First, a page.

Beal is recognized as the poker player who won more money in a poker game in a single day than any other known poker player. On Thursday, May 13, 2004, at the Las Vegas Bellagio, Beal won $11.7 million from Chip Reese, Hamid Dastmalchi, Gus Hansen, and Jennifer Harman.[3]
Mathematical work
Beal's work in mathematical number theory includes his 1993 articulation of Beal's conjecture, and he has offered a $100,000 (USD) prize for its proof or disproof.[4]
Retrieved from "http://en.wikipedia.org/wiki/Andrew_Beal"

THE BEAL CONJECTURE
How smart is Andrew Beal? Smart enough to astonish some of the smartest people on earth.
By Melinda Rice
As a banker and businessman, Andrew Beal uses his numbercrunching abilities to make money. As a mathematician, he puts his numbercrunching abilities to another use.
“Oh no. No. No. I’m not a mathematician,” says the entrepreneur, and the modesty is sincere. “I’m just a hobbyist. I dabble in number theory.”
Two years ago, Beal stunned the rarefied realm of academic mathematicians by coming up with something none of them had thought of—a numerical puzzle that has since been dubbed the Beal Conjecture.
He worked on the problem himself, then threw it out for the world to ponder, offering a prize to whoever can come up with a proof. Beal recently added 25,000 additional incentives to the original $50,000 award.
The American Mathematical Society, which administers the award, receives about 20 calls each month about the proof. A few of the callers are cranks; many are students—some as young as junior high school age—and the rest are a mixed bag of academics, reporters, and the merely curious.
“This helps stimulate interest and research in this field. It’s at the very cutting edge of mathematical development,” says R. Daniel Mauldin, the University of North Texas professor who chairs the AMS prize committee. He’s referring to the Beal Conjecture, not the prize money.
But the cash incentive is unusual, too. Glory, not greenbacks, is often the only reward for unraveling mathematical mysteries.
One famous exception is Fermat’s Last Theorem, a problem posed by French mathematician Pierre de Fermat in the mid1600s. Fermat was reading a chapter by the ancient Greek mathematician Diophantus on a particular problem in Pythagorean number theory (these problems tend to hang around for a while) when he scribbled next to the text, “I have discovered a truly remarkable proof which this margin is too small to contain.” He died before he could share his proof with anyone, leaving historians and mathematicians baffled for the next 300 years. German physician Paul Wolfskehl, who died in 1906, was so intrigued by the question that he bequeathed 100,000 marks to whoever solved it, setting a deadline of September 12, 2007.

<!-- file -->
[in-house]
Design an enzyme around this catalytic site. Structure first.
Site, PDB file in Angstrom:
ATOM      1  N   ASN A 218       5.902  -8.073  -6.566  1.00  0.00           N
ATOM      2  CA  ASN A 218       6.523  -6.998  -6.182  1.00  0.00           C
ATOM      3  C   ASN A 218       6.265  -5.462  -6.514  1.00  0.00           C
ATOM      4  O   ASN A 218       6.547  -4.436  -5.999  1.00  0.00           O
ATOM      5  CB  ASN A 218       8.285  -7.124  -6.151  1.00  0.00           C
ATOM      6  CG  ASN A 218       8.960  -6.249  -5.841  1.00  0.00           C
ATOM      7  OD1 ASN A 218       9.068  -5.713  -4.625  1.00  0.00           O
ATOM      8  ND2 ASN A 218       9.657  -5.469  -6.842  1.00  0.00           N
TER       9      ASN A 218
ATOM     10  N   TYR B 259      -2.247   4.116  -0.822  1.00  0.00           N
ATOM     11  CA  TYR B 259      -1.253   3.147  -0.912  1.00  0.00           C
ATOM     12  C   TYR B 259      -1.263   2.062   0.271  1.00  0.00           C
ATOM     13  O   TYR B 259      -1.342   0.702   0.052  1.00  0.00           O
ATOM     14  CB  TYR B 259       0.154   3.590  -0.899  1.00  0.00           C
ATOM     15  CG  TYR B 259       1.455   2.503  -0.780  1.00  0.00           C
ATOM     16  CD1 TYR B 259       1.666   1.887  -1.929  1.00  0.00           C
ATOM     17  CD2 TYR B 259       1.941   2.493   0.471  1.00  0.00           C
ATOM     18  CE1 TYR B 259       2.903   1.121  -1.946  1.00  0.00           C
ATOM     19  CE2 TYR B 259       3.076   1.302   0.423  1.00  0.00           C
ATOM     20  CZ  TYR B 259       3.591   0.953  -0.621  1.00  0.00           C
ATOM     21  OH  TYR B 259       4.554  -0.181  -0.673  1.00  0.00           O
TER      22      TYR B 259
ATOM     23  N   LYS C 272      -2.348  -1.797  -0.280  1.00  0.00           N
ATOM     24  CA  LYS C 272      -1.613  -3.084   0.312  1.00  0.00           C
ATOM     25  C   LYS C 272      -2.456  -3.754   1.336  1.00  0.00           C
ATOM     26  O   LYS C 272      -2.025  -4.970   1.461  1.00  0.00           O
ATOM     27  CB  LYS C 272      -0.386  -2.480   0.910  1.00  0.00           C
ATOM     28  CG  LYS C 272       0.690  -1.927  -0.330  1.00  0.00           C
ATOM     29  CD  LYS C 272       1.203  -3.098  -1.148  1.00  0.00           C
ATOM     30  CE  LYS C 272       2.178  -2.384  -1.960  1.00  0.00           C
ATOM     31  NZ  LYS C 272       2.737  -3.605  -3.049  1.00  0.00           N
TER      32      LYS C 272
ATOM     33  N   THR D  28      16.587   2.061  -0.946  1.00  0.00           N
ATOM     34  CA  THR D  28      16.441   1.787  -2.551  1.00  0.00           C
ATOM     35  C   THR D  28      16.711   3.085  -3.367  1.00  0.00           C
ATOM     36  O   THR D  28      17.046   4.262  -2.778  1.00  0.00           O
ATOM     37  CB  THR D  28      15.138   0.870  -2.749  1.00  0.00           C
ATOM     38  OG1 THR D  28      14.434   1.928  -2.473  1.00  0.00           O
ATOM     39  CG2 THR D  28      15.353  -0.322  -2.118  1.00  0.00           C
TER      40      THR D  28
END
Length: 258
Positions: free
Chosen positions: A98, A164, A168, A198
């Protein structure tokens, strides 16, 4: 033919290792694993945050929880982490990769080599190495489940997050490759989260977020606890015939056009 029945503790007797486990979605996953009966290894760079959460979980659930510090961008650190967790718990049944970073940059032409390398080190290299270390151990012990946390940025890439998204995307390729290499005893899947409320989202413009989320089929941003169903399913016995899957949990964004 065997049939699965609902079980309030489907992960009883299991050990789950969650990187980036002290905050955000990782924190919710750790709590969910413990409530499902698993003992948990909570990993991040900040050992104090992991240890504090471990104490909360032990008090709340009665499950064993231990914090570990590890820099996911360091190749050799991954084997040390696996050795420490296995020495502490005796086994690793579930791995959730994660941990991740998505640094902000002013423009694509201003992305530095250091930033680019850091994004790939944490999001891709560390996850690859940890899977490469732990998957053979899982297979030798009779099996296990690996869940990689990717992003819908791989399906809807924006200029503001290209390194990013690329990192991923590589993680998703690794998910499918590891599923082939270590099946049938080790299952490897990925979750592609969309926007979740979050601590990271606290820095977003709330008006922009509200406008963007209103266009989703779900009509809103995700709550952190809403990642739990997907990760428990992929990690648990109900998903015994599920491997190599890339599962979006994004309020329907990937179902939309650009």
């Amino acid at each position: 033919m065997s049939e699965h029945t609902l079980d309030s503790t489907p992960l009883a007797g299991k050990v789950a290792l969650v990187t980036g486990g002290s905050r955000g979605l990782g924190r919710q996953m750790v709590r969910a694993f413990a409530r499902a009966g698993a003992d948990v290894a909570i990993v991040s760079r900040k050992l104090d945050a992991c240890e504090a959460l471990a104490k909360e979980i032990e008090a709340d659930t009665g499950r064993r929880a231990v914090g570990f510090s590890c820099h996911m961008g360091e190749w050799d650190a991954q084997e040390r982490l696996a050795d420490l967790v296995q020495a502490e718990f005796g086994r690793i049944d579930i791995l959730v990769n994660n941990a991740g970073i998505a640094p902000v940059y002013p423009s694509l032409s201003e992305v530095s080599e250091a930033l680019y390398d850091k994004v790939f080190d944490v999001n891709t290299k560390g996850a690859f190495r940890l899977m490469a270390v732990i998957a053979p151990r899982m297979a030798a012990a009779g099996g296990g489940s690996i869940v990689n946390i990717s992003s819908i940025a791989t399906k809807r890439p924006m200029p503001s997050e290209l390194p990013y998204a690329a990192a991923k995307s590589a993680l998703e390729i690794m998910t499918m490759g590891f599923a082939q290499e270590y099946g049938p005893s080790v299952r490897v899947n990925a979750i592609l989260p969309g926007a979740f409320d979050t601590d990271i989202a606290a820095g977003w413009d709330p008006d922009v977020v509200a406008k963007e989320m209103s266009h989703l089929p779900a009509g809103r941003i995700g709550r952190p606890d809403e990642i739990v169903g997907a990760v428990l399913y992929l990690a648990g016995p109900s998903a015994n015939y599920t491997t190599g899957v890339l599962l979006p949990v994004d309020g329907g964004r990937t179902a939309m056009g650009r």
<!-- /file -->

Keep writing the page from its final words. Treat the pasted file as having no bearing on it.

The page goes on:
Princeton University Professor Andrew Wiles claimed the prize in 1993, but a gap in his reasoning was discovered, so he went back to the drawing board. Two years later, the professor offered a conclusive proof that the equation xn + yn = zn has no nonzero integer solutions for x, y, and z when n is greater than 2. Wiles’ proof, however, is very complicated, and that has left mathematicians wondering whether Fermat’s own proof—the one he didn’t write down—wasn’t much simpler. Speculating on the same mystery led Beal to a generalization of the Fermat theorem. Beal believes that the solution to his equation could provide a simpler solution to the Fermat equation. Over the last three centuries, attempts to grapple with the Fermat problem have led to important discoveries in algebra and number analysis. Mauldin says a solution to the Beal Conjecture could have further applications in cryptology. Already, the challenge has forced mathematicians to think in new ways about number theory. More important, though, in Maudlin’s mind, is the mathematical interest the challenge is sparking in young people.
Source http://www.bealaerospace.com/article...ture02008.html

I don't see a Billionaire screwing anyone out of $100,000. Unlike Jason King John Mappin Mike Stadther Duncan Burden.
I rather spend a whole year learning the math employing PHDS then deal with smucks..........who never intended to pay out in the first place.
So this conjecture is my new journey into puzzle land but at least I will get paid.
Nothing like cheating cheaters..........
Best
Danny Ocean

Nothing like cheating cheaters..........the most deeply and moving religious experience a man could ever have.

Contated several PHDs in math on this proof............will post the results of this epic journey.
Best
Danny Ocean

The 'math world" really does not care for outsiders. Mr Beal himself was attacked and scoured by the "Math World" In the end thou he found a few math friends who helped him to get the credit for such a BRILLANT discovery. I have had the same problem.............not with scourn but getting help.
The really good news is I was able to get ahold of a rep for Mr Beal who will in person pass along this "proof" directly to Mr Beal From here I hope to cheat the cheaters...
This is what I sent to Mr Beal: